Category: e-books

Thanks, Booklist

top-10_womens-fiction_adult_f2Every now and then as a novelist you get some unexpected affirmation from those whose opinion of your work matters a great deal. When I learned A Fall of Marigolds had been named in BookList‘s Top Ten Women’s Fiction for 2014, I was humbled to the core.This centutry-old magazine is published by the American Library Association, and is used to help libraries decide what to put on their shelves and to help library patrons and students decide what to read, view, or listen to.

This list comprises the top 10 women’s fiction reviewed from the last 12 months and covers “chick lit to tearjerkers, heavy issues to lighthearted comedy.” According to BookList, one of the key ‘appeal factors’ for its Women’s Fiction Top Ten list is “that sense of recognition the target audience—yes, women—gets from identifying with the heroines, and these novels deliver something for just about anyone.”

I am beyond grateful and so honored to be among these other writers and I know I will be adding some new books to my TBR ladder to the sky, too. Here’s the list. Have you read any of the books here? Tell us all about it. Or tell us what your list of best books for 2014 is so far.

BookList’s TOP TEN WOMEN’S FICTION:

The Apple Orchard. By Susan Wiggs. “Art specialist Tess has a successful professional life but is lacking in the family department. When she’s named heir to one-half of an estate and discovers the other half goes to the sister she never knew she had, her life gets turned upside-down.”

The Bookstore. By Deborah Meyler. “Between studying art history at Columbia University on a prestigious scholarship and a two-week fling with a magnetic, wealthy man, 23-year-old Esme Garland from England is happily settling into life in Manhattan when she discovers she’s pregnant. This character-driven novel is witty and poetic.”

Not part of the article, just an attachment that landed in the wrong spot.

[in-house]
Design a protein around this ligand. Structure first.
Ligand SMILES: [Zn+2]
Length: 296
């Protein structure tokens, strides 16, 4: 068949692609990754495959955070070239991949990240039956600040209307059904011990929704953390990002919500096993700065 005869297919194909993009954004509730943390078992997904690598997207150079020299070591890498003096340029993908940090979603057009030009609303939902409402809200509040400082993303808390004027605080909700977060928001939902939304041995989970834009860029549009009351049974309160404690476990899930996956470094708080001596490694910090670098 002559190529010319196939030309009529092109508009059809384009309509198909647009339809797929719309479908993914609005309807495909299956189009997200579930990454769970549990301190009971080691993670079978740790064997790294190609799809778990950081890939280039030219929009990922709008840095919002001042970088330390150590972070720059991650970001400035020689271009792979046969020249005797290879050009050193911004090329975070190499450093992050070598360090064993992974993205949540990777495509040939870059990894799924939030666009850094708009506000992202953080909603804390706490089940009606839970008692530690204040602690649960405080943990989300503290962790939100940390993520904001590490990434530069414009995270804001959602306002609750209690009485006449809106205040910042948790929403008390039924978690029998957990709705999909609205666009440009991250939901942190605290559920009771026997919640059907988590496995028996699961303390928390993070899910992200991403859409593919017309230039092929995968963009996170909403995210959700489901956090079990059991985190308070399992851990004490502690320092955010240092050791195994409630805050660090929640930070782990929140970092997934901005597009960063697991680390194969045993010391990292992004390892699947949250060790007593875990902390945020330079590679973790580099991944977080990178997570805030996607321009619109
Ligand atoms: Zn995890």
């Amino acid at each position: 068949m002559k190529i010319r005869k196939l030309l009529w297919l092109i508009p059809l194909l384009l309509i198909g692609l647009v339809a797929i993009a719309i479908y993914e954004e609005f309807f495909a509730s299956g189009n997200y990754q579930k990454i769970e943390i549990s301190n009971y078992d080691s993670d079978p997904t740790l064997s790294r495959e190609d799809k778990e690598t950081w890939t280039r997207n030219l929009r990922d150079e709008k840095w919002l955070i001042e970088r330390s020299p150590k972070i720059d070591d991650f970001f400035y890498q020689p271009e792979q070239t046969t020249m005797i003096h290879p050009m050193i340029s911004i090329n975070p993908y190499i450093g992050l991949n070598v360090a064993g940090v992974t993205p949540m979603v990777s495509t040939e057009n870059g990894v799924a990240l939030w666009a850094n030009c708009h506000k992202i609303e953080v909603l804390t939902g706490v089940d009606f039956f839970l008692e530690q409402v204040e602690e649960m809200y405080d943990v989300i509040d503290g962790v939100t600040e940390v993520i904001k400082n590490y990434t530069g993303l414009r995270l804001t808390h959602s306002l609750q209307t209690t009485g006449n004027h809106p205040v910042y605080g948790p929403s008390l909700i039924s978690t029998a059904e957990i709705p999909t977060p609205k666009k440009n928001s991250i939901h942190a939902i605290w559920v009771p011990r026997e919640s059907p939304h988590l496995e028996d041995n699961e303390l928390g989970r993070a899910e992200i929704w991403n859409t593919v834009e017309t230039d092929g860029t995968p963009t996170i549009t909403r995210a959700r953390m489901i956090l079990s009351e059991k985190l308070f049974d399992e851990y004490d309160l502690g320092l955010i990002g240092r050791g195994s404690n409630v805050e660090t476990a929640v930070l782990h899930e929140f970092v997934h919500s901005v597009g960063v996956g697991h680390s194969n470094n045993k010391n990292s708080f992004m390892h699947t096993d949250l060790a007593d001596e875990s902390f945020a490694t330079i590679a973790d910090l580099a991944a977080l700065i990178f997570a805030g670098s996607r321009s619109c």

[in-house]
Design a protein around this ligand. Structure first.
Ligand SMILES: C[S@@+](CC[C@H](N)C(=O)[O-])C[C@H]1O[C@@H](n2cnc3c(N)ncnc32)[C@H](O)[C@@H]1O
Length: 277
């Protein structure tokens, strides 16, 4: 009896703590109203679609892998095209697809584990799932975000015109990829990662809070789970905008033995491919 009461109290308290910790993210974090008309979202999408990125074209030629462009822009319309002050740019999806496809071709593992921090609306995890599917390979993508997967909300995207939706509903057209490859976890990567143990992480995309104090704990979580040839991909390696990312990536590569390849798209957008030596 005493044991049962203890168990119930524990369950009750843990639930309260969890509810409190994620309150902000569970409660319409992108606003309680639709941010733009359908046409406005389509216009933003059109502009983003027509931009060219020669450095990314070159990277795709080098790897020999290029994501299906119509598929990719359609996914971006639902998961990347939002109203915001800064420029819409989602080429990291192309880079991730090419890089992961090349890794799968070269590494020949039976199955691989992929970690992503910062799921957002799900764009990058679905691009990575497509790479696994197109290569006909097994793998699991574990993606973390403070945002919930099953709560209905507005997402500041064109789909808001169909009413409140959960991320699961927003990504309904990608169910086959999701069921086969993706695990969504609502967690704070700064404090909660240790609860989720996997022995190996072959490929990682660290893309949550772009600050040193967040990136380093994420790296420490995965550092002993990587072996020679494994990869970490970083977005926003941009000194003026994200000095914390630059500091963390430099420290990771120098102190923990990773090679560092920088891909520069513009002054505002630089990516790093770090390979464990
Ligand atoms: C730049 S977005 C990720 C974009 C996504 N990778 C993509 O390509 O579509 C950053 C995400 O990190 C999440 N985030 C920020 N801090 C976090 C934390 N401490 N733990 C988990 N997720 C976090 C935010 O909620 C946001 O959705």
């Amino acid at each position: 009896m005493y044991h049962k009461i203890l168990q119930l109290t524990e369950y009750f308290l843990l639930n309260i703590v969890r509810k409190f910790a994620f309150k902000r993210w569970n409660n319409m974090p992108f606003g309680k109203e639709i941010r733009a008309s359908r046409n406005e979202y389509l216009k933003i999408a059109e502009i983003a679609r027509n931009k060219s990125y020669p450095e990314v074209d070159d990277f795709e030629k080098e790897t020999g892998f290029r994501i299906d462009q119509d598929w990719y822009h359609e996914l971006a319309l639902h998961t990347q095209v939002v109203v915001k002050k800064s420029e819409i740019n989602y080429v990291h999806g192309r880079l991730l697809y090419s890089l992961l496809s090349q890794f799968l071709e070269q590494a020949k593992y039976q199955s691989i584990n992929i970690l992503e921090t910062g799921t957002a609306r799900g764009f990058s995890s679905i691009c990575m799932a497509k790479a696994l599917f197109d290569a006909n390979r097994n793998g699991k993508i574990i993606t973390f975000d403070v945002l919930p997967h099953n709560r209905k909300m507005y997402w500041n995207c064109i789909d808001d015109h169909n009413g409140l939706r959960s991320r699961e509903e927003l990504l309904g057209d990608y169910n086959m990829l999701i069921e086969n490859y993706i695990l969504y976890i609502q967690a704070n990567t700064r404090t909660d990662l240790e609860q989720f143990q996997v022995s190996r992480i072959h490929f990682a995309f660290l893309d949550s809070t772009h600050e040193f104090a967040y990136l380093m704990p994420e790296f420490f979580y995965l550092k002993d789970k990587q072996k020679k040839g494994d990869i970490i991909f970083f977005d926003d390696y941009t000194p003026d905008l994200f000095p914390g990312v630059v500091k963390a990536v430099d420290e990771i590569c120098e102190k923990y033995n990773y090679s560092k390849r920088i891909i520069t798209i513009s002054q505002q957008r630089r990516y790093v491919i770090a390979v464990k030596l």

A Fall of Marigolds. By Susan Meissner. “The heartbreaks of two women, separated by decades, come together in the history of a scarf that holds special meaning to each woman. Christian fiction author Meissner’s first mainstream women’s fiction novel hits all of the right emotional notes without overdoing the two tragedies.

Golden State. By Michelle Richmond. Estranged sisters Julie and Heather are brought together as Heather goes into labor and Julie, a doctor, rushes to her side to assist. But the sisters are separated by forces beyond their control, as their city, San Francisco, is in chaos, shut down by political protests. Perfect for fans of issue-driven women’s fiction.”

Ladies’ Night. By Mary Kay Andrews. “Grace, an interior-design blogger, discovers her husband is cheating on her. She begins therapy with a group of other “marital misfits,” and the women soon start meeting at Grace’s mother’s bar, where they plot revenge but eventually learn to move on.”

Meet Me at the Cupcake Cafe. By Jenny Colgan. “In this fun and fast-paced read, Issy Randall loses her job and her boss/boyfriend in one embarrassing swoop. She decides to take her severance pay and open a bakery in her London neighborhood.”

Sweet Salt Air. By Barbara Delinsky. “Two girlhood friends who’ve been estranged for the past 10 years reunite to collaborate on a cookbook, both of them harboring secrets. Never fear; Delinsky knows when a happy ending is in order.”

Time Flies. By Claire Cook. “In this delightful beach read, two best friends reunite for their high-school reunion and overcome their fears. The banter is a lot of fun, and the characters’ realization of what is important is certain to make readers yearn for reconnections of their own.”

Who Asked You? By Terry McMillan. “Told from the perspectives of several of the characters, this novel offers an array of personalities and everyday life challenges within a story of close friends, family, and neighbors as they grow and change over many years.”